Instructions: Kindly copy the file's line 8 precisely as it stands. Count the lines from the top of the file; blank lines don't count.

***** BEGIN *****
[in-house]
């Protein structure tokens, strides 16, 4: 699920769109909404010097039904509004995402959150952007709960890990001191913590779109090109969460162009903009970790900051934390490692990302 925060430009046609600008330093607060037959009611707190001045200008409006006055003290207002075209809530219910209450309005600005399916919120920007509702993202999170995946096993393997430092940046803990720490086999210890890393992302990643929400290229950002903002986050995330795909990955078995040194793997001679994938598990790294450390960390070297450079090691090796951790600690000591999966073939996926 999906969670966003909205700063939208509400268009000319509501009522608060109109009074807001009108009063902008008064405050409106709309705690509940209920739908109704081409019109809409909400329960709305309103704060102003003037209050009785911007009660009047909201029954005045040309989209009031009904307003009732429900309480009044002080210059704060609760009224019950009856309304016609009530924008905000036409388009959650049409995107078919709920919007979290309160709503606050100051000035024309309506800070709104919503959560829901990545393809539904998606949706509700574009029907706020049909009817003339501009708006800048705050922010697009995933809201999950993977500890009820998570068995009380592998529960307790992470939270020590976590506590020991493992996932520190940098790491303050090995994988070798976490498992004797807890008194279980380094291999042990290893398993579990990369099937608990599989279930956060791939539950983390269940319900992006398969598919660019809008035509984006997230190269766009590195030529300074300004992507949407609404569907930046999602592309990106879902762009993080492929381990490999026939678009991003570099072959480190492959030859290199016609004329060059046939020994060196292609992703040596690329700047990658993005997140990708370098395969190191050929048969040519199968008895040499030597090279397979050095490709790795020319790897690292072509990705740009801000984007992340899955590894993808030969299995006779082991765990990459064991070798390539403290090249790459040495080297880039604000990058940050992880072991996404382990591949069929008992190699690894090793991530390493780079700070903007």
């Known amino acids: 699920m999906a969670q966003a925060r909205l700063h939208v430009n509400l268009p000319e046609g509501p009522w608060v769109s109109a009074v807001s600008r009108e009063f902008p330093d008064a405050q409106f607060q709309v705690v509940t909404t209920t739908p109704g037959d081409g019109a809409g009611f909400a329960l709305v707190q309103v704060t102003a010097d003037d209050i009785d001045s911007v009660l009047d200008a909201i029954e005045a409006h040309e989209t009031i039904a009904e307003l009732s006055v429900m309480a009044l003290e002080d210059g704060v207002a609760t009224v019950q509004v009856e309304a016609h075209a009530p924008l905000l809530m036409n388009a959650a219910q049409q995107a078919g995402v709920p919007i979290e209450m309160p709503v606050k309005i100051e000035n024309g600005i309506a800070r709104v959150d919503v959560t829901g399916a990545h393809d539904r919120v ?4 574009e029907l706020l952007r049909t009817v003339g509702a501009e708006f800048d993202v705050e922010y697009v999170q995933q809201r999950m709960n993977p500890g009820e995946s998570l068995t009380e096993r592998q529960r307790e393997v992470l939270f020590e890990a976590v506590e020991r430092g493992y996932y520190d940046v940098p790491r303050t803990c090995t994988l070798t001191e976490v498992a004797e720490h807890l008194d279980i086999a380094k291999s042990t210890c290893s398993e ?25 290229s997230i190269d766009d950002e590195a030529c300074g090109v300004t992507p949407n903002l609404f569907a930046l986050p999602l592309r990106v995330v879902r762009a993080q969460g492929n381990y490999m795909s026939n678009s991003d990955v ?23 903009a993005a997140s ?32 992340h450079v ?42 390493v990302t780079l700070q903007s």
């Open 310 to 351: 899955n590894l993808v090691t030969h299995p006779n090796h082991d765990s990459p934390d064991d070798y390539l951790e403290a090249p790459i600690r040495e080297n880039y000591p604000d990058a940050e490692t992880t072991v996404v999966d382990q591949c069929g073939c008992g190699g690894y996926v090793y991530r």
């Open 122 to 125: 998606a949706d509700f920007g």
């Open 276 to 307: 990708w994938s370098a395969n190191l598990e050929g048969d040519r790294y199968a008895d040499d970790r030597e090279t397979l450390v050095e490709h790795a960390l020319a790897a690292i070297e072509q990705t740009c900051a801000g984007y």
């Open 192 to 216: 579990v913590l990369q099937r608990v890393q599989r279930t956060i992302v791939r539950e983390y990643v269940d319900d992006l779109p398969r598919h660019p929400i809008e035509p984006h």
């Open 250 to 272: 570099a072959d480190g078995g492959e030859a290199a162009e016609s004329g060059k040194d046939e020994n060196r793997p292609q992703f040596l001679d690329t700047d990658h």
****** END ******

């Open 250 to 272: 570099a072959d480190g078995g492959e030859a290199a162009e016609s004329g060059k040194d046939e020994n060196r793997p292609q992703f040596l001679d690329t700047d990658h």